The entire play takes place near a crooked, skeletal tree on the country roadside. The stage is an elongated platform covered with sand, which adds an interesting element of realism. It swirls up in dust clouds when the characters get rambunctious, and trickles out from sleeves and pockets as though it’s slipping through an hourglass. A pile of cinderblocks replaces the “low mound” in Beckett’s script, hinting not at nature but at urban decay.
In the Next Room or the Vibrator Play, which opens tonight at 8:00 p.m. and runs through Monday, October 21st, is on the surface a rollicking comedy—a story of sex and deceit with a good dose of physical and slapstick humor and witty retorts. However, around fifteen minutes in, you begin to realize In the Next Room is not merely a wildly entertaining, 21st-century Oscar Wilde-esque play, but a modern feminist manifesto.
Directed masterfully by Karin Nilo ’14 and written by Sarah Ruhl ’97 MFA ’01, In the Next Room is set in Victorian-era New York and follows Mrs. Givings, a woman whose husband treats female (and later male) patients for hysteria using the vibrator, and Mrs. Daldry, one of Dr. Givings patients, as they discover their sexuality and slowly take control of their bodies. Continue Reading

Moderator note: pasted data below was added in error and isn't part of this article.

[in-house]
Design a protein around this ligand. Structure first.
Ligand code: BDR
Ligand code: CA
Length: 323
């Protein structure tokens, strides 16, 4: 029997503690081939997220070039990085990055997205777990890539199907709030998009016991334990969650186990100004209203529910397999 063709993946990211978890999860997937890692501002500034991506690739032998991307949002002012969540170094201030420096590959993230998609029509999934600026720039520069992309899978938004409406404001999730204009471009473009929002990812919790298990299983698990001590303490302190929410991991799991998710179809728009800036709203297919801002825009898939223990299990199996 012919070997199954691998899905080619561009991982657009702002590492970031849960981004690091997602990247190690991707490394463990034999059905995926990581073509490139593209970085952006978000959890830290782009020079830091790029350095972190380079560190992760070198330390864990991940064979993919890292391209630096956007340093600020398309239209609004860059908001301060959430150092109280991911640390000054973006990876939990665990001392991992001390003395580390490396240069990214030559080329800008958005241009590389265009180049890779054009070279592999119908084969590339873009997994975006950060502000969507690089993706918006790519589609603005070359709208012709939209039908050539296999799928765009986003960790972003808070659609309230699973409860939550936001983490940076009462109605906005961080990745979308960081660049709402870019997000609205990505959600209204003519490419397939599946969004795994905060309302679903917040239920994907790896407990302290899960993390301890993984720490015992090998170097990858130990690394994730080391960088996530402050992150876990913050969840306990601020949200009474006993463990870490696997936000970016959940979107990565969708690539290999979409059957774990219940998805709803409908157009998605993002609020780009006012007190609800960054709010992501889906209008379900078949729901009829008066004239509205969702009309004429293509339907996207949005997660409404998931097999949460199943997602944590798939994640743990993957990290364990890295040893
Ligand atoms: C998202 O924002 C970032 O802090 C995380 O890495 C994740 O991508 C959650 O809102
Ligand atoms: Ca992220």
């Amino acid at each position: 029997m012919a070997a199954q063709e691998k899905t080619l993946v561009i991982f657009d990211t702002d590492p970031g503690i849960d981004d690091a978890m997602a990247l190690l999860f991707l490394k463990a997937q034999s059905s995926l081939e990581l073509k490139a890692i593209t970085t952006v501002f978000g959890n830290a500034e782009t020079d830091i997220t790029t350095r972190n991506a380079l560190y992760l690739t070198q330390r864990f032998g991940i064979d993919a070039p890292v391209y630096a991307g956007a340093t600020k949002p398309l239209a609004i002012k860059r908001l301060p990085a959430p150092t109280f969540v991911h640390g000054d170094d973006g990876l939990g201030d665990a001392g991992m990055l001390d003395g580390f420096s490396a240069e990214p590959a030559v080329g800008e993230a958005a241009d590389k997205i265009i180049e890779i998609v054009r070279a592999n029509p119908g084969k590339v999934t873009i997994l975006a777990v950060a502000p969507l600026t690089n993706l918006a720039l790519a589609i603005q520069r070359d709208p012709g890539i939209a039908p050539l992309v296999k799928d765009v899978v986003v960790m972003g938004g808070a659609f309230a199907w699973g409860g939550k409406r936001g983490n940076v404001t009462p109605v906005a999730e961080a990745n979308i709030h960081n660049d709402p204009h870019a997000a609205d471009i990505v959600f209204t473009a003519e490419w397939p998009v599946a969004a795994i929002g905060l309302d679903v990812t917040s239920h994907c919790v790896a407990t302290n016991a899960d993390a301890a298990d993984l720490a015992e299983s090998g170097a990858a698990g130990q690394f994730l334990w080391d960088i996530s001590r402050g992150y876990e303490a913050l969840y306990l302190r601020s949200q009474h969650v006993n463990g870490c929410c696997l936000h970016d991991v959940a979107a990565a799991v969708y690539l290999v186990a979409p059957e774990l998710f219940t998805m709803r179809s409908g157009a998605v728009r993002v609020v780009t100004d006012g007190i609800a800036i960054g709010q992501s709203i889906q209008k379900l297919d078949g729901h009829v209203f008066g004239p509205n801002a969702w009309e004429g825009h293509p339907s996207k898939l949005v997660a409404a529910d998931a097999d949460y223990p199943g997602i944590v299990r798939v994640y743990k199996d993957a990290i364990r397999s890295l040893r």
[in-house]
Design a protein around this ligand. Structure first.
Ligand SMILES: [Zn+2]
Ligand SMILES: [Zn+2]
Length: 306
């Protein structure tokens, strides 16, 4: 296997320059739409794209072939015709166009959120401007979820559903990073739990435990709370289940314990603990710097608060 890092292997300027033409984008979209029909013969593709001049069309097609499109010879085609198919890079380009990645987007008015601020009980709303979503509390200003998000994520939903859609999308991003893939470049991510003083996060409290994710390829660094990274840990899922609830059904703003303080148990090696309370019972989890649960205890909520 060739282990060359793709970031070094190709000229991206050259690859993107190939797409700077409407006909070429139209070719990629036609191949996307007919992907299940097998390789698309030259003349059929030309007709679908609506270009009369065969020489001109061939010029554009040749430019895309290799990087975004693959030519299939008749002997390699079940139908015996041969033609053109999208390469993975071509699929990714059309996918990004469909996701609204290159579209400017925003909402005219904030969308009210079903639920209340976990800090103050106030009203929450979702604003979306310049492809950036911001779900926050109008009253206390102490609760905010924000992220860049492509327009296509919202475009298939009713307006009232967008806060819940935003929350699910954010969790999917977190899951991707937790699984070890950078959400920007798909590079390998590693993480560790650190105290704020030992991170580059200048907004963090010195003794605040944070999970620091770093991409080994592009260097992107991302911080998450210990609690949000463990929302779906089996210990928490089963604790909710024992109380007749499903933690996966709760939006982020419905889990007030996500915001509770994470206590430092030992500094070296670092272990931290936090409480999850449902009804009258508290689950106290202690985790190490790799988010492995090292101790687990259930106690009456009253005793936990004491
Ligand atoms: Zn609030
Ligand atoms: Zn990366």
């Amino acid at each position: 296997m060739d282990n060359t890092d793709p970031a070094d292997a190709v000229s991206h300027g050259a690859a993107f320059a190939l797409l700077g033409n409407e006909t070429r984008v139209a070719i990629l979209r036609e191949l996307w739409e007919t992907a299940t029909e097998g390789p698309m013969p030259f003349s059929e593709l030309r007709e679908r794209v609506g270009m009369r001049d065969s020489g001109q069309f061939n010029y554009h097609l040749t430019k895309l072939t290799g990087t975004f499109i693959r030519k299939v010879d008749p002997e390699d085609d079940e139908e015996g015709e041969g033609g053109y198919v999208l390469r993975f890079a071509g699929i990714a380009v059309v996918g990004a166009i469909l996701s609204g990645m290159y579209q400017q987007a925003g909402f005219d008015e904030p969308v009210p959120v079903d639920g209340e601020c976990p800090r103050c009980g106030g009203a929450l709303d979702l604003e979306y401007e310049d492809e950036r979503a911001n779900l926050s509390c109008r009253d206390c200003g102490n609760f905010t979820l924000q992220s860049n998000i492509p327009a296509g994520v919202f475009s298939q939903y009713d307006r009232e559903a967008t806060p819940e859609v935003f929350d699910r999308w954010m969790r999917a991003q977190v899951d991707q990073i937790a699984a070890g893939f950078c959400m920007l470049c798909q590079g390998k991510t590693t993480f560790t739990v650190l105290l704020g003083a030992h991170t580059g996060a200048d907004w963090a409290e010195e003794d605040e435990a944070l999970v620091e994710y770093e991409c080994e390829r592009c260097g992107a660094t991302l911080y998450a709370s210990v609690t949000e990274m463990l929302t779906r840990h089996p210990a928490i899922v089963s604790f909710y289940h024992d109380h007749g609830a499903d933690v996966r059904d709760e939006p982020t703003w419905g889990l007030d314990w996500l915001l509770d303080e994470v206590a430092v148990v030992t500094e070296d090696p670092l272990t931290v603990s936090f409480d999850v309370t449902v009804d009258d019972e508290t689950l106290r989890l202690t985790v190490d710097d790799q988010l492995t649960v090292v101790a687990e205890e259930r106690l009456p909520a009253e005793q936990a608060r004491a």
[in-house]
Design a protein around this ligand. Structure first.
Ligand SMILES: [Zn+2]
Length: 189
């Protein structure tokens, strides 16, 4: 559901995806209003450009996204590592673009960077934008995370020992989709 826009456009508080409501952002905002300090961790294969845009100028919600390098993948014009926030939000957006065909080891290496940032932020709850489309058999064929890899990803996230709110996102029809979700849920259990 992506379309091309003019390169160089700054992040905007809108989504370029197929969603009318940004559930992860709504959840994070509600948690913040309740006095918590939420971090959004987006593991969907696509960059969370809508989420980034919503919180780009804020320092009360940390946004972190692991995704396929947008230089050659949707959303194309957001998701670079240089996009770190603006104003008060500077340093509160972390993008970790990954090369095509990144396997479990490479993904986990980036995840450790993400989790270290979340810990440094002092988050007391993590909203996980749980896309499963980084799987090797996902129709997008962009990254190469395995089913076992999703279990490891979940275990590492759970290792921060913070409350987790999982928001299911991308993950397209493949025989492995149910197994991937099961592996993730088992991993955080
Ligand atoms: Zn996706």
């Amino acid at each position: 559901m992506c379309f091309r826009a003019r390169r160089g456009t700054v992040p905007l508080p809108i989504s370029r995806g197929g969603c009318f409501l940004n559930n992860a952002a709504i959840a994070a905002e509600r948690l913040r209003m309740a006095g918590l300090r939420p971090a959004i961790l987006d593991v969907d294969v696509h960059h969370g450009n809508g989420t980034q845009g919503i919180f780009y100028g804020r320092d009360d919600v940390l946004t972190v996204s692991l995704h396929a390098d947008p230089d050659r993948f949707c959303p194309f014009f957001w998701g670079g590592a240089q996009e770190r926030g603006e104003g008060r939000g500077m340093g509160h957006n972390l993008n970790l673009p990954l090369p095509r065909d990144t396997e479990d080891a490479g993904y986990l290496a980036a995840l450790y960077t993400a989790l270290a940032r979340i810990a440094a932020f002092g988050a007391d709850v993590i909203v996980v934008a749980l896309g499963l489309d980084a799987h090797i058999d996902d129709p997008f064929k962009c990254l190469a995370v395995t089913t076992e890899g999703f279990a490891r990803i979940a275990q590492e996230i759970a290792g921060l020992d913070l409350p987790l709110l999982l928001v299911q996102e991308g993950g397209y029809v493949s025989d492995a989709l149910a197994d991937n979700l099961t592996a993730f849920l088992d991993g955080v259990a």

Nudity in the Upspace—a week-long event that “discusses and explores nudity in all forms” by way of nude body painting, nude yoga, and nude performance—is back for its second year. The event is currently taking place at Production Workshop’s Upspace, and has triggered international press coverage from The Huffington Post, Jezebel, CBS, and Daily Mail UK. Online comments on these articles range from encouraging messages to the students involved with the event to vitriolic attacks on Brown students and the institution itself.
On the heels of this influx of attention, BlogDH sat down with Becca Wolinsky ‘14, Camila Pacheco-Fores ‘14 and Gabrielle Sclafani ’14, the three main organizers of the event, to discuss their take on body image, nude performance, and press coverage. Check out the interview after the jump.
You can get your dose of existentialist anxiety, synchronized swimming, and devised theater in one fell swoop this weekend with “Sink,” an original play by Ursula Raasted ’14. Integrating text, movement, and music, PW’s latest offering builds a lyrical and unsettling dream world in 9 non-sequential vignettes. The work centers on the “capsizing relationship between a sailor and a siren,” Raasted said, but don’t come to the Downspace expecting a rehashing of Homer’s Odyssey. In “Sink,” 9 anonymous performers, categorized into triplets of “sailors,” “sirens,” and “soothsayers,” fall hopelessly in and out of sync with one another, struggling to give meaning to their existence and to distinguish between their individual and collective identities.